Deathtrap has been touted as Broadway’s longest running thriller-comedy onstage, as well as being penned by Ira Levin, famed for classic works on film such as Rosemary’s Baby and The Boys from Brazil. Armed with that knowledge, I was excited to see how its debut Singapore staging would turn out.
Upon entering the Drama Centre Black Box, we were greeted with an impressive set for a black box type theatre. Although I expected only a simple backdrop with a handful of props, the team had instead assembled a grand life-sized living room, complete with fireplace, staircase, weaponry collection and ominous weather peering in; the perfect setting for a thriller (think classic Hitchcock). Set designer Karl Chaundy, a Lasalle instructor, is certainly to be commended for his work.
Deathtrap starts off innocently enough, playing and milking the audience for laughs with plenty of humour and witty one liners as our leads are introduced and the plot is set in motion. We’re introduced to Sidney Bruhl (Andrew Mowatt), a previously successful playwright, with a series of flops and writer’s block. Sidney receives a play from his student Clifford Anderson (Chris Bucko), and is convinced that it will be a hit. Sidney’s wife Myra (Elena Yeo) is introduced, and Sidney (half-jokingly) tells her that he may just have to kill Clifford for his potentially blockbuster script, eventually inviting him over to the house to discuss the play. The play, coincidentally is of course, titled Deathtrap.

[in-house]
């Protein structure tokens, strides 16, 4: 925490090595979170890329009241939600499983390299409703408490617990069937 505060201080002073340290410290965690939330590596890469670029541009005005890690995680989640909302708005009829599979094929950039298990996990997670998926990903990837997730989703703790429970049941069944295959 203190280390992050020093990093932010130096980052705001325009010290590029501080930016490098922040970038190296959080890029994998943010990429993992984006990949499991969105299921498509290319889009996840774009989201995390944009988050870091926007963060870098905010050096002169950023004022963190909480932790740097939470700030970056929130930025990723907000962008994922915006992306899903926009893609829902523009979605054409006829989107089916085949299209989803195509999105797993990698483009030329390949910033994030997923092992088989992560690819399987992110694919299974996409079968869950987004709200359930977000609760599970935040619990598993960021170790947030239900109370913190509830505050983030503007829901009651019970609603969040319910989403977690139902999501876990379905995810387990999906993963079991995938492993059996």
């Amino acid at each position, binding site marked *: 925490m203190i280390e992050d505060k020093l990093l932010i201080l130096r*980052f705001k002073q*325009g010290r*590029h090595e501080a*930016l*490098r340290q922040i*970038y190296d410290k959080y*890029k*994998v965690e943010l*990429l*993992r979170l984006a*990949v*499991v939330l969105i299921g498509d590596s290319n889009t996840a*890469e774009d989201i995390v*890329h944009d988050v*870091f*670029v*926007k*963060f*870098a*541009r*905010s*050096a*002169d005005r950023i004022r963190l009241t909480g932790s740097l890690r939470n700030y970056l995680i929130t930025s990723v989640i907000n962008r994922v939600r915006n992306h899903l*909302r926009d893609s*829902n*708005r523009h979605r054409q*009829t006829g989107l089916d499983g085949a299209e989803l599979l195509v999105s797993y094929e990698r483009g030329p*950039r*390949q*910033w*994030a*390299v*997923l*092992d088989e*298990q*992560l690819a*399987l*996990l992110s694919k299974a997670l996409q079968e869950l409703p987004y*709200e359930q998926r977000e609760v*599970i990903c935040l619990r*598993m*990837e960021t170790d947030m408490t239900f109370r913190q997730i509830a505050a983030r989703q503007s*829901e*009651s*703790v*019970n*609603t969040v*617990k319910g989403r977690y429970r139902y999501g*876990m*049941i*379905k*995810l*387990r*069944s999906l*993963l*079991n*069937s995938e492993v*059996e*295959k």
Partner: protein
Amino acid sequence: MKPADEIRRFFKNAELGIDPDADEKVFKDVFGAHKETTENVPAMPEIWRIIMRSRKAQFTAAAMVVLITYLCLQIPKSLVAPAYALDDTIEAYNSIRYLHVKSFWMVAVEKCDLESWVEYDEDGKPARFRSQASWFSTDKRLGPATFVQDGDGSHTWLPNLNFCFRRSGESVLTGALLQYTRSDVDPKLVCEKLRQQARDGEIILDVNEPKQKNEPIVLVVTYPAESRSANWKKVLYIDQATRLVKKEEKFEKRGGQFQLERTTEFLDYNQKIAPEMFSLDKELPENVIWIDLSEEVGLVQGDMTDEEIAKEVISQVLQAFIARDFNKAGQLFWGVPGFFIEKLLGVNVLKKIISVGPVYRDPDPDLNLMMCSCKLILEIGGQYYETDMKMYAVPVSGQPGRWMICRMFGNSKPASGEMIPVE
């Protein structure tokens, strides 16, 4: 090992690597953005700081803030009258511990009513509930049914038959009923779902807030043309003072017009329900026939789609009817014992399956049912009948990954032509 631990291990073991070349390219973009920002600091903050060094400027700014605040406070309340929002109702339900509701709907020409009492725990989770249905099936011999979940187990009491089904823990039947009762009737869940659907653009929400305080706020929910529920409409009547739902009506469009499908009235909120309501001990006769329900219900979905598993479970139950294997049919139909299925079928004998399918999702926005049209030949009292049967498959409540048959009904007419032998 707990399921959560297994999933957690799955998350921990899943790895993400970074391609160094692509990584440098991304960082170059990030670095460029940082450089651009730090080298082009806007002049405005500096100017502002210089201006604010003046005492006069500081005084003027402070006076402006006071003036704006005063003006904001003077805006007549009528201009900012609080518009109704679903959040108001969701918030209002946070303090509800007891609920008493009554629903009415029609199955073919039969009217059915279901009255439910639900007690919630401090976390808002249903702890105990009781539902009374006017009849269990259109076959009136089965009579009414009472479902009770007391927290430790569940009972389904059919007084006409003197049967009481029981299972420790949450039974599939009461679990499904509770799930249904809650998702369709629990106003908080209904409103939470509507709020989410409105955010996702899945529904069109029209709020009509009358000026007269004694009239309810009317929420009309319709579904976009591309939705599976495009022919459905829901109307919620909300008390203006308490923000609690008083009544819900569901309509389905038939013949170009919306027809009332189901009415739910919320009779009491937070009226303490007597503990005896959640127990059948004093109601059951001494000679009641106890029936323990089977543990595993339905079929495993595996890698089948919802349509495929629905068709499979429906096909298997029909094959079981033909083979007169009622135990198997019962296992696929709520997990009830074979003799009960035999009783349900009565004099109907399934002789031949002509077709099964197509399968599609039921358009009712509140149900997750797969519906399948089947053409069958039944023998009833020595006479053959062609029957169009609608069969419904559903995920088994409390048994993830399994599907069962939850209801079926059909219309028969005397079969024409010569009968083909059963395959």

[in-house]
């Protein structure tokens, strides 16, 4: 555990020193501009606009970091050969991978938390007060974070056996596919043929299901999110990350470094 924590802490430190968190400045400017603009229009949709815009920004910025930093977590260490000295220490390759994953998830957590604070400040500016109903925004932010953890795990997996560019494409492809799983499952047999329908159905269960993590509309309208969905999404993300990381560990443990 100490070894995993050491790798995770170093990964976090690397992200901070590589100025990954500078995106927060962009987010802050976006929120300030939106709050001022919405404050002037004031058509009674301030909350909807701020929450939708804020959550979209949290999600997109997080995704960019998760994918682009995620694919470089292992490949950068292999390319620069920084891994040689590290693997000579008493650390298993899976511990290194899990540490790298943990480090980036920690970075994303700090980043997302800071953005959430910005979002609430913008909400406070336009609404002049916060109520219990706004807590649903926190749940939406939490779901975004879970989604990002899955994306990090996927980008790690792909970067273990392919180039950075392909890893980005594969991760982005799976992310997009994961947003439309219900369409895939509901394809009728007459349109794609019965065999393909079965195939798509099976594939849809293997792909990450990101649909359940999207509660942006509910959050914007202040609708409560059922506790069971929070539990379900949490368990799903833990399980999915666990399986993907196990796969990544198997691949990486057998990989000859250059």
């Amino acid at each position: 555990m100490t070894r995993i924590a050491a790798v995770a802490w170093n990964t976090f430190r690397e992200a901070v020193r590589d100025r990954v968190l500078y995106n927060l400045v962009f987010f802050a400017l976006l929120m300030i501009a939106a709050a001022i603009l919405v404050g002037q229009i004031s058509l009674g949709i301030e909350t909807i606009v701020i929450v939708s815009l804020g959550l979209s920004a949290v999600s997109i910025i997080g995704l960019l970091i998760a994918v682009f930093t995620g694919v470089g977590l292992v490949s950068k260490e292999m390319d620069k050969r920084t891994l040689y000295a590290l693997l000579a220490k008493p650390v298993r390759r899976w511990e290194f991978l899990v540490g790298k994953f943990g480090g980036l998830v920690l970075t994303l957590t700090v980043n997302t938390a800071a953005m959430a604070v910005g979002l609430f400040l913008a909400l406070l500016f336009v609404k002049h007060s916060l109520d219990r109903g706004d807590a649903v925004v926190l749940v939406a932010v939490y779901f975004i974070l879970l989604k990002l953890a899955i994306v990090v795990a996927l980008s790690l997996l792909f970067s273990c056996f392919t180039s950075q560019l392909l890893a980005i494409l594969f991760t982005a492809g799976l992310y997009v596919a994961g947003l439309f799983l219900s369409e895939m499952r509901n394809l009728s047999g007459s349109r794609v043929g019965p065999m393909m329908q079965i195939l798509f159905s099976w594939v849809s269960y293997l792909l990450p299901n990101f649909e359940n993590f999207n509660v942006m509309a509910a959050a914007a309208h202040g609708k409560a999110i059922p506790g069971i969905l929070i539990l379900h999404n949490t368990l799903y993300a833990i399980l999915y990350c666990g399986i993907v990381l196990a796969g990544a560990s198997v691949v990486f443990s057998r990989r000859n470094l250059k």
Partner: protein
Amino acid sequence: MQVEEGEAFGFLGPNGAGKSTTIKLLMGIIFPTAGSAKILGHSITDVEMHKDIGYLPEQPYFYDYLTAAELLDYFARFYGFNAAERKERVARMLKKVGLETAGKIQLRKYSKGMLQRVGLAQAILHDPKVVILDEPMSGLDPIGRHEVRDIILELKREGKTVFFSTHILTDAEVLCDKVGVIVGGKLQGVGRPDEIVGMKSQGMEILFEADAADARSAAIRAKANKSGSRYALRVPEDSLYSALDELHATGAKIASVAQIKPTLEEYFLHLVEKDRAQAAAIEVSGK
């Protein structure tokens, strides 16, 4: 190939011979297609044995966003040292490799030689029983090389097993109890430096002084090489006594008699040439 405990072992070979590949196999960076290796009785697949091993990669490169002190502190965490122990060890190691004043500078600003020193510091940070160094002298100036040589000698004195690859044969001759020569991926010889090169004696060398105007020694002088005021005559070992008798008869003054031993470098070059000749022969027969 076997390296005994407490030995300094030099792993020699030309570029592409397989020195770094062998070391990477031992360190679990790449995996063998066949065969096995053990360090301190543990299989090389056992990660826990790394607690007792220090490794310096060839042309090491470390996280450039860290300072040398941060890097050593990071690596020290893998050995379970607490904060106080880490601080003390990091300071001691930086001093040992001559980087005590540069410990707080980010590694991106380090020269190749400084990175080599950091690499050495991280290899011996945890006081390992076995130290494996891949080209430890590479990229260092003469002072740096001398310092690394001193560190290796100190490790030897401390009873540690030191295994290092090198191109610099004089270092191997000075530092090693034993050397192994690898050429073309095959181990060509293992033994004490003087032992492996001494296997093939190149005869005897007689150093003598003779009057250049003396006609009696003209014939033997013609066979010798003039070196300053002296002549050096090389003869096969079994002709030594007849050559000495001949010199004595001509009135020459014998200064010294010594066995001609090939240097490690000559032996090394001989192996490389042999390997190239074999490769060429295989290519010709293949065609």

Things escalate quickly from here, and chaos ensues in the household. We’re also introduced to psychic Helga ten Dorp (Bridget Fernandez) suddenly enters in a whirlwind of energy, to warn the Bruhls of terrible pain from the house. Although Myra is terrified at first, Helga’s visions are (humourously) only half right at best, and it’s obvious her visions aren’t as real as she makes them out to be. Right at the end of Act 1, multiple twists happen at once leaving the audience utterly bewildered after what initially feels like a lighthearted post-dinner murder thriller, confused about each character’s true motivations and if further twists lay down the line.
Picking up after the intermission, Act Two pieces picks up two weeks after Act One leaves off. We’re introduced to Porter Milgrim (Paul Lucas), Sidney’s attorney, and creates an air of tension around Clifford. We won’t spoil it for you, but what ensues is a battle of wits, as the two men attempt to outplay and foil the other’s plans. The fate of the play was then left in the hands of Helga and Porter.
All five cast members give commendable performances, providing the right balance of humour and tension. Personally though, Bridget Fernandez was a shining star and the highlight of the play, and was a real joy to watch. Bridget portrayed Helga’s slightly mad, psychic character brilliantly, complete with ‘mystical’ foreign accent and her comic timing and facial expressions spot on, expertly weaving humour into the tensest of moments.
Overall, I found the play to be good fun, with dark and biting humour, but still laugh out loud. The script left me constantly on the edge of my seat wondering what would happen next, with all the twists lying in wait. Deathtrap is a masterfully written work from one of the very best thriller writers, and we encourage you to check it out for a night of palpitating excitement and a good guffaw.
By Anthony P. for Bakchormeeboy
Deathtrap plays at the Drama Centre Black Box from 12-30 October. Tickets available from SISTIC